The facility will be the third-largest of the wind farms being constructed across the region. Gas Natural Fenosa’s wind farm will likely cost about $300 million euros (some $389 million), industry sources told Efe. The Barcelona-based energy giant currently has about 2,580 MW of generating capacity in Latin America.
March 18, 2013
Waving party flags and shouting their support, tens of thousands of leftist party members rallied on Sunday against government plans to overhaul Mexico’s energy sector, a preview of the tough road ahead for President Enrique Pena Nieto’s reform push. Organized by the leftist Party of the Democratic Revolution, or PRD, the rally took place on the eve of the 75th anniversary of the nationalization of the country’s oil industry, the historical pivot that gave birth to state oil monopoly Pemex.
Speakers denounced any move to privatize the government-run oil giant, even though Pena Nieto and other members of his centrist Institutional Revolutionary Party, or PRI, have consistently denied any plans to sell or privatize Pemex. “We are being loyal to this historical legacy that has given our oil riches to the nation and we are going to defend it with everything we’ve got,” said Jesus Zambrano, the PRD’s national president, to rousing applause.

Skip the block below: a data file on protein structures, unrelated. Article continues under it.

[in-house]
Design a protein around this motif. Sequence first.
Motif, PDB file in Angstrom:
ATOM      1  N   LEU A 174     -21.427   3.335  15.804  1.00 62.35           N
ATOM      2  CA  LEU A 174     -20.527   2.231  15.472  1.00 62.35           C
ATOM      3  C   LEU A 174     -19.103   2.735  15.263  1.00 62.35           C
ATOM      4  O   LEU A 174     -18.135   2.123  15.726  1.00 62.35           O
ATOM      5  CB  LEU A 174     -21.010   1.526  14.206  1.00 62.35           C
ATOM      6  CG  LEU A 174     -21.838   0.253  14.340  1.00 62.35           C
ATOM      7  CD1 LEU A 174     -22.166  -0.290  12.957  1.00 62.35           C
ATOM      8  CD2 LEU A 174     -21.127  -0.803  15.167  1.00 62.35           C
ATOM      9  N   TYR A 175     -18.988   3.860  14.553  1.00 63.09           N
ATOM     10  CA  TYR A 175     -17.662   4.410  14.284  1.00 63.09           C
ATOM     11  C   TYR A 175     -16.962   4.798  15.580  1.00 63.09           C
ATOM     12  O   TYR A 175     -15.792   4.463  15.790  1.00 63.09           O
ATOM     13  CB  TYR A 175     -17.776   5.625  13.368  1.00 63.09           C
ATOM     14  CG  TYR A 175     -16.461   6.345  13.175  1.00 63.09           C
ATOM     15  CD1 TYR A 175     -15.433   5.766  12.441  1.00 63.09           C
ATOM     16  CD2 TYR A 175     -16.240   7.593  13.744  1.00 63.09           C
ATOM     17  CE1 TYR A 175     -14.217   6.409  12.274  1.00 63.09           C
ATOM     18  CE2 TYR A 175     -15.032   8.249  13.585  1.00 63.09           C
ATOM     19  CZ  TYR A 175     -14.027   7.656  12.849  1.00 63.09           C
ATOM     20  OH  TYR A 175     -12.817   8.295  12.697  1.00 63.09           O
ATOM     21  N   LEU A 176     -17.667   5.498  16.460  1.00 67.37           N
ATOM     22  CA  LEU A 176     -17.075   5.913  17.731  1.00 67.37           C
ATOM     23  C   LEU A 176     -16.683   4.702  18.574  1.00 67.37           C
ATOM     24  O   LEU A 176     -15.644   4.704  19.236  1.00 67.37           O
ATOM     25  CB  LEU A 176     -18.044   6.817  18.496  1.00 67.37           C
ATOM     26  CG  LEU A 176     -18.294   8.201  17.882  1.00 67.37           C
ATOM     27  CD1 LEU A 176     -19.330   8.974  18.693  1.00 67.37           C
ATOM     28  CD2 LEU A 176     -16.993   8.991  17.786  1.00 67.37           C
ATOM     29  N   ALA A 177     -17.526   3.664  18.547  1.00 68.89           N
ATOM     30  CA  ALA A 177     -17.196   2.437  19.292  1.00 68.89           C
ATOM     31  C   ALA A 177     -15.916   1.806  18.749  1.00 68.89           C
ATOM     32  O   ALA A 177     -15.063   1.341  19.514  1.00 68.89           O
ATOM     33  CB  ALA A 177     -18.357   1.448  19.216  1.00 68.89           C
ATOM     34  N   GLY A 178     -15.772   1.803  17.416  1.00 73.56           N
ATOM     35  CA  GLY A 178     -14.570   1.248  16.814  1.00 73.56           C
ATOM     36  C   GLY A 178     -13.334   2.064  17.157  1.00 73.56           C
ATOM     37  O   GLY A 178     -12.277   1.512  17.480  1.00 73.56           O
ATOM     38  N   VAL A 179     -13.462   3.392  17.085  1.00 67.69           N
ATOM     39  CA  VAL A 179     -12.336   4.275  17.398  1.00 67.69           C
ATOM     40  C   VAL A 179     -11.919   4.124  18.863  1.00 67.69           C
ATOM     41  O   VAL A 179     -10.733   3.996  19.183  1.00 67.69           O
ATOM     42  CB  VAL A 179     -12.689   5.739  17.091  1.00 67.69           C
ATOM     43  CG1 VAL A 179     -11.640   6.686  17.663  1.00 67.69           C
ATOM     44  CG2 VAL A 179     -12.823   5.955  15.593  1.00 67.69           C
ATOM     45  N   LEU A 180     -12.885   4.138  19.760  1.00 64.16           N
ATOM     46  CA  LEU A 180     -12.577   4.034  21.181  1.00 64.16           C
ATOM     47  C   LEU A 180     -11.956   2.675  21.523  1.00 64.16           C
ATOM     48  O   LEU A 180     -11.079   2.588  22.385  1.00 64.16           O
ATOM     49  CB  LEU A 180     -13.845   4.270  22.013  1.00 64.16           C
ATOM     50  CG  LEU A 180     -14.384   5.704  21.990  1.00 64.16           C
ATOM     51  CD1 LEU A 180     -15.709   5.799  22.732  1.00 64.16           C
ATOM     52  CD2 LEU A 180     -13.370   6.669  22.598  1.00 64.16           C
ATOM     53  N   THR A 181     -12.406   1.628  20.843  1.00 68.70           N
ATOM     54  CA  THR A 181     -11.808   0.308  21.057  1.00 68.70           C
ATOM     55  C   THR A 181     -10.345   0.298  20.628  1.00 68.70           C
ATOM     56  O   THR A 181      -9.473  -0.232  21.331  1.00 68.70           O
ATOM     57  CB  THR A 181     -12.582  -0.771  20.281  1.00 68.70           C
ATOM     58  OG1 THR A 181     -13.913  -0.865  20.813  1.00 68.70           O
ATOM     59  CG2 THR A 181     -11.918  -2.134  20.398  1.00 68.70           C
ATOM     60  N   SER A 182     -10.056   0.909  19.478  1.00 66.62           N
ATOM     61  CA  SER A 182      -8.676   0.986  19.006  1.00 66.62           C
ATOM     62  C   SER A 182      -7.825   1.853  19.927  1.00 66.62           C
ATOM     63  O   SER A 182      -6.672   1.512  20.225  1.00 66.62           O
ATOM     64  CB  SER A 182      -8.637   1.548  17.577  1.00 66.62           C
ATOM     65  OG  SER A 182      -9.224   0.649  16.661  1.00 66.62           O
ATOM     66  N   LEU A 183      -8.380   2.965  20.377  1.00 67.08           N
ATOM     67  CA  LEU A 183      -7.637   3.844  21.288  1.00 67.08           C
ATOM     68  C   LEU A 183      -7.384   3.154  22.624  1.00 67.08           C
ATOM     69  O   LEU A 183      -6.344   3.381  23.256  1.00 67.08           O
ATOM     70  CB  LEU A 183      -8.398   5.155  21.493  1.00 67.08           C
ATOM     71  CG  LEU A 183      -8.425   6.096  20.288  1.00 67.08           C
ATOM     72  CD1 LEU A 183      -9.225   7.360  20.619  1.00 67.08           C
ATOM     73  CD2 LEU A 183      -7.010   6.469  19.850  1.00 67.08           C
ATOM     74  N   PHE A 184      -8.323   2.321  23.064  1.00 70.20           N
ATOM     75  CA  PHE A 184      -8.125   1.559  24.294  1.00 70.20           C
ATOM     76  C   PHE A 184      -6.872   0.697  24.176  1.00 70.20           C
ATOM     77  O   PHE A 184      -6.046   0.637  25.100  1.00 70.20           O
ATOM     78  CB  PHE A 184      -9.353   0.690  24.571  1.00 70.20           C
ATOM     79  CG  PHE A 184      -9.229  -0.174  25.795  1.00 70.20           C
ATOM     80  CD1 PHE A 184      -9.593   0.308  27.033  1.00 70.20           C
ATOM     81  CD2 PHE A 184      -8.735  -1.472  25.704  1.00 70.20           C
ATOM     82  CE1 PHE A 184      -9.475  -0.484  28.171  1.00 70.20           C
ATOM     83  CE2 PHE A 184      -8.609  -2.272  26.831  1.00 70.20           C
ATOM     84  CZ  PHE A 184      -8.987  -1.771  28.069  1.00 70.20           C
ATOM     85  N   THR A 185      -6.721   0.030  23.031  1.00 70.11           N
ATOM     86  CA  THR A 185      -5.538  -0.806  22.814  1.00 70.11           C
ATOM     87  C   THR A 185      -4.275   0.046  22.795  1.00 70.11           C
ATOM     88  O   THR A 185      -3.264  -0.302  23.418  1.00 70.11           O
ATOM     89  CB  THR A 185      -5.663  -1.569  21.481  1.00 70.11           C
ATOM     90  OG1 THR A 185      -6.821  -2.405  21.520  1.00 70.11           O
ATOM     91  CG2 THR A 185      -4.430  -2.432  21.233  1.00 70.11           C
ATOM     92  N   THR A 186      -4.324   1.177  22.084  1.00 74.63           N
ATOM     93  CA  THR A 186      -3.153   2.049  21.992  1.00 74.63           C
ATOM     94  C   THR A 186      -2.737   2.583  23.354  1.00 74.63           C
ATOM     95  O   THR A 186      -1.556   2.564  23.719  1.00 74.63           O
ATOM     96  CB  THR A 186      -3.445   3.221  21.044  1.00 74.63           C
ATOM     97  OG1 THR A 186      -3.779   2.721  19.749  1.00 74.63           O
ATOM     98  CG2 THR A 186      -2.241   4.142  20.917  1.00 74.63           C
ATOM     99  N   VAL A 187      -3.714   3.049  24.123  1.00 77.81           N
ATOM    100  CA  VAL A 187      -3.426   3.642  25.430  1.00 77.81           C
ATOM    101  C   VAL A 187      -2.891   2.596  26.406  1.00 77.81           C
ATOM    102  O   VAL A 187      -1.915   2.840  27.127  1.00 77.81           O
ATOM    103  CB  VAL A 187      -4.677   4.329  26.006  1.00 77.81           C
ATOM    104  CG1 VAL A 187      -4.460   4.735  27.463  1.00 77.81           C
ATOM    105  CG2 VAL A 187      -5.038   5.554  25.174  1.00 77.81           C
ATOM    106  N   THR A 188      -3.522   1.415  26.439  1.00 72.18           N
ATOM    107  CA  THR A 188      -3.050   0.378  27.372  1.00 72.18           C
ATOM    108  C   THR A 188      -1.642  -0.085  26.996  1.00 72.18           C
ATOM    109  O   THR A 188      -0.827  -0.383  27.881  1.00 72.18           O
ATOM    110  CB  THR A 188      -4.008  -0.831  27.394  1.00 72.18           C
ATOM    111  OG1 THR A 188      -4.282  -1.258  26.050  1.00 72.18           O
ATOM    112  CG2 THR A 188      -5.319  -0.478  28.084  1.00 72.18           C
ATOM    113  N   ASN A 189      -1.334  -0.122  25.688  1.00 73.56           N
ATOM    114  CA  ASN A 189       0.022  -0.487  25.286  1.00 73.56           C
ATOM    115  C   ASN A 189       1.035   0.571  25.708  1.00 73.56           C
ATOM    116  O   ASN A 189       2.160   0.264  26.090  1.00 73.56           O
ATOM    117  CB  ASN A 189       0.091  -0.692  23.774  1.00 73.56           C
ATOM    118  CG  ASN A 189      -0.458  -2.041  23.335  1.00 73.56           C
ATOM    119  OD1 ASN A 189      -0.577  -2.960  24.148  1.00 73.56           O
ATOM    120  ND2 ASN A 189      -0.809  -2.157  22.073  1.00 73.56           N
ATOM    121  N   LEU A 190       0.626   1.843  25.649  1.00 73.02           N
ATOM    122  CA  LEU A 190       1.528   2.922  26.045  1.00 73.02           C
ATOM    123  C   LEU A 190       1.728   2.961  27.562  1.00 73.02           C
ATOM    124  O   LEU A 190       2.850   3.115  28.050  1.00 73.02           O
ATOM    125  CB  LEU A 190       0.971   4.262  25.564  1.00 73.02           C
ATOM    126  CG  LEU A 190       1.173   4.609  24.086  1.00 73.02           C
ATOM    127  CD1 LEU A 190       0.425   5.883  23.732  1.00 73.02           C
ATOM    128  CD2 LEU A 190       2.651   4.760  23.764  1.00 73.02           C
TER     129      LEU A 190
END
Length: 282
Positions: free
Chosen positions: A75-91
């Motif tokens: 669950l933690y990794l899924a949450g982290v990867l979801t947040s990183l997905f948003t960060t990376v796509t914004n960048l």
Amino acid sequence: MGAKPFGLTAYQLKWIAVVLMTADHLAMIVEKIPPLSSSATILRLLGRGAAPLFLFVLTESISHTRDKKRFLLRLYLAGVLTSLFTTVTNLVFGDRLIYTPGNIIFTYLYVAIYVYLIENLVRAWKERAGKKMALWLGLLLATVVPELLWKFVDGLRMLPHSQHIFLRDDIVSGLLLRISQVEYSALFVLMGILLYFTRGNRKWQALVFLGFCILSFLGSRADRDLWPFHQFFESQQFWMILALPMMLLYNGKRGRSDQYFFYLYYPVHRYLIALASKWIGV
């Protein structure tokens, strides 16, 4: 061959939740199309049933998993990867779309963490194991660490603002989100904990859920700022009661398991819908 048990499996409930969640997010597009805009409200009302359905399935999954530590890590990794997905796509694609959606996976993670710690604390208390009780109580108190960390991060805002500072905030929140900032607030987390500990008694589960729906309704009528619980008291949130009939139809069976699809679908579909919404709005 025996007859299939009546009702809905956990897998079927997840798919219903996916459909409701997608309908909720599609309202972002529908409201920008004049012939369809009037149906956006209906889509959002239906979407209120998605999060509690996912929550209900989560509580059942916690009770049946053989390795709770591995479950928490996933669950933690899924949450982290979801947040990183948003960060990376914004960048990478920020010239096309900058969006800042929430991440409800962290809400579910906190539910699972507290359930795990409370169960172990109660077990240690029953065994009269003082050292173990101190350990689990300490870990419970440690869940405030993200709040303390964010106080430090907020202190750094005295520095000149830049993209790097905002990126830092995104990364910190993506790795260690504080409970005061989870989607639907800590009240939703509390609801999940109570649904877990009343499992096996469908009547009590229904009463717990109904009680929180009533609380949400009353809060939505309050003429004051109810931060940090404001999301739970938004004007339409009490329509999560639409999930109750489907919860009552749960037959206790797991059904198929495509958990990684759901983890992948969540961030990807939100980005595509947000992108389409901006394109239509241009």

March 8, 2013
The Mexico Institute’s “Weekly News Summary,” released every Friday afternoon summarizes the week’s most prominent Mexico headlines published in the English-language press, as well as the most engaging opinion pieces by Mexican columnists.
What the English-language press had to say…